Russian Invasion of Ukraine creates collateral damage in Africa

As the Russian invasion of Ukraine exceeds the one-month mark, repercussions of the war are being felt not only within Ukraine but across the world; and the African continent is no exception. After having been hit hard by the COVID-19 pandemic, Africa risks another tough spell as a result of the ongoing crisis.

Africa’s Position on the War in Ukraine

On March 2nd 2022, the United Nations General Assembly voted on a resolution calling upon Russia to “immediately, completely and unconditionally withdraw all of its military forces” from Ukraine. While the Resolution was voted by an overwhelming majority of 141 countries on 2 March 2022, nearly half of the countries that abstained from voting were located in Africa (United Nations, 2022). In all, 28 African countries voted in favour of the Resolution, 17 abstained from voting, 8 did not participate in the voting process and 1 (Eritrea) voted against the Resolution. Having experienced sanctions for the past decades, Eritrea asserted its position against unilateral sanctions against states emphasising the debilitating impacts that sanctions have on a country’s economy and its people. Uganda, which abstained from voting, referred to its upcoming role as the chair of the Non-Aligned Movement (NAM) and therefore claims to be abiding by the principles of neutrality and independence postulated by the NAM. The Non-Aligned Movement, a forum regrouping 120 countries was formed at the height of the Cold War in order to pursue a non-aligned foreign policy so as to not get entangled in the conflicts of major powers. Likewise, Namibia has stated that it abstained from voting given that the country’s constitution stipulates a strict policy of non-alignment (Mhaka, 2022).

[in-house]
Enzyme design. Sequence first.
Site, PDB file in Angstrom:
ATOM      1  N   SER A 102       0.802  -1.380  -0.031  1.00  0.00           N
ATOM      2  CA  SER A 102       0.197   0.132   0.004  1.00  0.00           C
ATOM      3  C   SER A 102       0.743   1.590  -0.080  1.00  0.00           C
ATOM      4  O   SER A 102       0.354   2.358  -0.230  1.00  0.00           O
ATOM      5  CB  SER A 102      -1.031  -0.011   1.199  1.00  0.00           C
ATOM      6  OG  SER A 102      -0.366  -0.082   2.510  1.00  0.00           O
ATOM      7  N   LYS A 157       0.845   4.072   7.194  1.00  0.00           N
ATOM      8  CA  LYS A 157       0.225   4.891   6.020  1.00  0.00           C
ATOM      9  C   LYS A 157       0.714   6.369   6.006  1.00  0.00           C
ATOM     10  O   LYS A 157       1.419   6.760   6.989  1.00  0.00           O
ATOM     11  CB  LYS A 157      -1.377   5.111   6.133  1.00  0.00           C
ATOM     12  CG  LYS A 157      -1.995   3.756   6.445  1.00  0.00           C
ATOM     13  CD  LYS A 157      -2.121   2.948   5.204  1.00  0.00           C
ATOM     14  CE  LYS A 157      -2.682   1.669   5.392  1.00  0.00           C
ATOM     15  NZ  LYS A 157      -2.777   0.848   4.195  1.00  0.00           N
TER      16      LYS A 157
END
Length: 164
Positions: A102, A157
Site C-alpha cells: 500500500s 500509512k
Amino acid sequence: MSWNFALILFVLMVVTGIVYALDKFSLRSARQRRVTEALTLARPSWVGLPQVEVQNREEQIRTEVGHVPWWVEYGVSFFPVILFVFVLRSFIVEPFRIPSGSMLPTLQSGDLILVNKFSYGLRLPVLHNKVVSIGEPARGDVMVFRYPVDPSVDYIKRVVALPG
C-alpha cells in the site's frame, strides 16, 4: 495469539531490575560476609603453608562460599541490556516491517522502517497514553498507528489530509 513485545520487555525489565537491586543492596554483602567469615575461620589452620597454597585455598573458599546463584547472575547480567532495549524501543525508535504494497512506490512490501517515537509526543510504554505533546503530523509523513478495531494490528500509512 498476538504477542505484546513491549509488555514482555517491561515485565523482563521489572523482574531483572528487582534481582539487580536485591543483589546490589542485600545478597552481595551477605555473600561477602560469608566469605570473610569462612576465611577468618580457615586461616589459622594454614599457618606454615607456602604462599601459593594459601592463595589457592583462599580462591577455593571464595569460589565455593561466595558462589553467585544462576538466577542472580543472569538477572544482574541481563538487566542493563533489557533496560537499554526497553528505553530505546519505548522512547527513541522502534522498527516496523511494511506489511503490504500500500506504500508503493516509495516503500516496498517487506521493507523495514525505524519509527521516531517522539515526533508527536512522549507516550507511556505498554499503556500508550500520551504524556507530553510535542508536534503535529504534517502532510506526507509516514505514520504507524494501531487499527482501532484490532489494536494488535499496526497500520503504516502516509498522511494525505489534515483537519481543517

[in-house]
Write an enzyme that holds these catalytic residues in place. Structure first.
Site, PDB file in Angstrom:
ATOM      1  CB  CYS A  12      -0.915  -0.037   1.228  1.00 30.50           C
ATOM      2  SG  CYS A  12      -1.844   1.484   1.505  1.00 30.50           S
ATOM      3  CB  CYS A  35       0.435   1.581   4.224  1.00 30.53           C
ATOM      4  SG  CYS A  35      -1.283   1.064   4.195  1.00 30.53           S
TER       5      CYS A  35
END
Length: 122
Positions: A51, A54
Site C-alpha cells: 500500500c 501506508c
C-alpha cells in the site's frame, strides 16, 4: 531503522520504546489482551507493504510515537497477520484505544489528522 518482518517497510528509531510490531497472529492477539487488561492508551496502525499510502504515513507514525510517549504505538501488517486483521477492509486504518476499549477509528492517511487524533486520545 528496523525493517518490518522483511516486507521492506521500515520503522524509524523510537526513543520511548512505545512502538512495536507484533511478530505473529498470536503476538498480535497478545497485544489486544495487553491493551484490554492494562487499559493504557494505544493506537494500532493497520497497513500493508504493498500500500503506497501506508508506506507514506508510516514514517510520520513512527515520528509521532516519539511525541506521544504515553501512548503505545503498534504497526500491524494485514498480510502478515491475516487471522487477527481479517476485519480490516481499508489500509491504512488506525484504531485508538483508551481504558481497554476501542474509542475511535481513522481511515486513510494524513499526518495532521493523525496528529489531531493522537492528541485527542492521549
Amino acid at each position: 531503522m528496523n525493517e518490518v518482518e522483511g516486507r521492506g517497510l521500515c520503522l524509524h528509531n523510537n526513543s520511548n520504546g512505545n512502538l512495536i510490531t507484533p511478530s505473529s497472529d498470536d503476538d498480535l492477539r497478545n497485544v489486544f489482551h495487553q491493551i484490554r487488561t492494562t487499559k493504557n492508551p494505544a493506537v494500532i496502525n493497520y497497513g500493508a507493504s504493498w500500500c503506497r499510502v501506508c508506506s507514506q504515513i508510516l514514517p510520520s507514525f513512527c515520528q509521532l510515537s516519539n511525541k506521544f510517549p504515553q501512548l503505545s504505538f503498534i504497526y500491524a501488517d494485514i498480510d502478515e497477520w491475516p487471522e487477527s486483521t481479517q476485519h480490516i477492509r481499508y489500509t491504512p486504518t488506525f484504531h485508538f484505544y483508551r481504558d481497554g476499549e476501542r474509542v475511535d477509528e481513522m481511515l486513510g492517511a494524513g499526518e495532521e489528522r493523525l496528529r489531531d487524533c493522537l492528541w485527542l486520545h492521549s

However, the neutrality of many African states has nonetheless been called into question given the rising influence of Russia in many parts of Africa, especially those that are known to have close ties with Moscow. While China and India gained centre stage as the two emerging powers increasing their footprints on the African continent, Russia has also been steadily increasing its spheres of influence. Elite capture, patronage, military cooperation, investment, and extraction are some of the tools deployed by Russia in recent years to increase its stronghold in Africa. In fact, according to Joseph Siegle, the Director of Research at the Africa Center for Strategic Studies, Russia “has expanded its influence in Africa in recent years, more, arguably, than any other external actor” (Siegle, 2021). Questions loom on whether Russia is attempting to re-ignite its longstanding ties with Africa where the Soviet Union supported struggles for independence across many African states, providing military, financial and political support. While these geopolitical considerations renew dialogue amongst the West in regard to their engagements in Africa (see the article from November 2021 with Lord Waverley on the UK’s strategic options with Africa), the continent is faced with dealing with yet another turbulent exogenous shock with huge implications for the continent’s economy and food safety, shortly after hope for recovery from the COVID-19 pandemic came into view.

Impacts on the African economy

Rises in the price of oil and fuel